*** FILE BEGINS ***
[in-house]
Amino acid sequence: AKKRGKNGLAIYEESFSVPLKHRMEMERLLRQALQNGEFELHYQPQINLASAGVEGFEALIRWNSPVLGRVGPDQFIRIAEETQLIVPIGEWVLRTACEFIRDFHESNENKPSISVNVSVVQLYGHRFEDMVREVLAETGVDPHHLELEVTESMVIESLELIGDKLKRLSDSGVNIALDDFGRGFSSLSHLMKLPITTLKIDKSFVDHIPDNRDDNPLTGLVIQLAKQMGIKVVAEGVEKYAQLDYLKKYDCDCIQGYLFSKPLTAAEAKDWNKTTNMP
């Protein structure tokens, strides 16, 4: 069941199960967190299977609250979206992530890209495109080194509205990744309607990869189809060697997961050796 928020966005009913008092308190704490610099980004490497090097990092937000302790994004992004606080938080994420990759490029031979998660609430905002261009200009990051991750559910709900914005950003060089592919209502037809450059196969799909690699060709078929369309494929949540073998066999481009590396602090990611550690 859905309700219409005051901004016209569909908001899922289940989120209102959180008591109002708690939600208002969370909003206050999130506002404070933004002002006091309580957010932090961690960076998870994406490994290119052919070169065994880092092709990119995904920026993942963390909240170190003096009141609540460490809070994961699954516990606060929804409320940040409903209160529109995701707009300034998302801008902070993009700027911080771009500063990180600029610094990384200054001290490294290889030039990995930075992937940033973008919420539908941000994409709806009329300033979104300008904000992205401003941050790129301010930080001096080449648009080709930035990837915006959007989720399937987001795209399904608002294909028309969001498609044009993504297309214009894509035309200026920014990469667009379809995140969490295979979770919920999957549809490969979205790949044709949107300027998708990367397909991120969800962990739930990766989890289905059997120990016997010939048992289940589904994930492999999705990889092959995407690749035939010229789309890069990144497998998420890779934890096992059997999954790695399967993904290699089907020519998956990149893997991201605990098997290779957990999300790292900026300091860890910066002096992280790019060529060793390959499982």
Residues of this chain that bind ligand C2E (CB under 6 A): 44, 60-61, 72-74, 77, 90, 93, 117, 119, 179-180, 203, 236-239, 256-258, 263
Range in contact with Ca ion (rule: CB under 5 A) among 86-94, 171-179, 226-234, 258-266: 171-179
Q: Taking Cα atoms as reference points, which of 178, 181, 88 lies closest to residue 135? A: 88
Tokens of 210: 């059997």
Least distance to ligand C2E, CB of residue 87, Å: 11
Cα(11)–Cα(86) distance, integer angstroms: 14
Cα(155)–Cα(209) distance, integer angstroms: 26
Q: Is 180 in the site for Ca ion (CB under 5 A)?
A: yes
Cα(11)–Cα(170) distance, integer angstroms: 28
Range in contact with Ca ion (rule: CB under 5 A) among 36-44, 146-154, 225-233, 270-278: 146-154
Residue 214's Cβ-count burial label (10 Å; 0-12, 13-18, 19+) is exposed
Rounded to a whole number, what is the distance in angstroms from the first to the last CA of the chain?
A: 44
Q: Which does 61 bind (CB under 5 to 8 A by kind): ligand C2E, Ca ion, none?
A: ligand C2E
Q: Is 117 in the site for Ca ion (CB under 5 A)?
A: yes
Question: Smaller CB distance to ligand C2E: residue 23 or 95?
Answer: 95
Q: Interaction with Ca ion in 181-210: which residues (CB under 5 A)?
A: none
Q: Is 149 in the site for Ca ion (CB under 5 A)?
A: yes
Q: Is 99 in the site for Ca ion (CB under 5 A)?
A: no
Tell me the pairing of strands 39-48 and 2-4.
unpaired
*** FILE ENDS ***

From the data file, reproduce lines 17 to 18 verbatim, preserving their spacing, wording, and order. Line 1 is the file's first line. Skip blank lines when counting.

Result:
A: 44
Q: Which does 61 bind (CB under 5 to 8 A by kind): ligand C2E, Ca ion, none?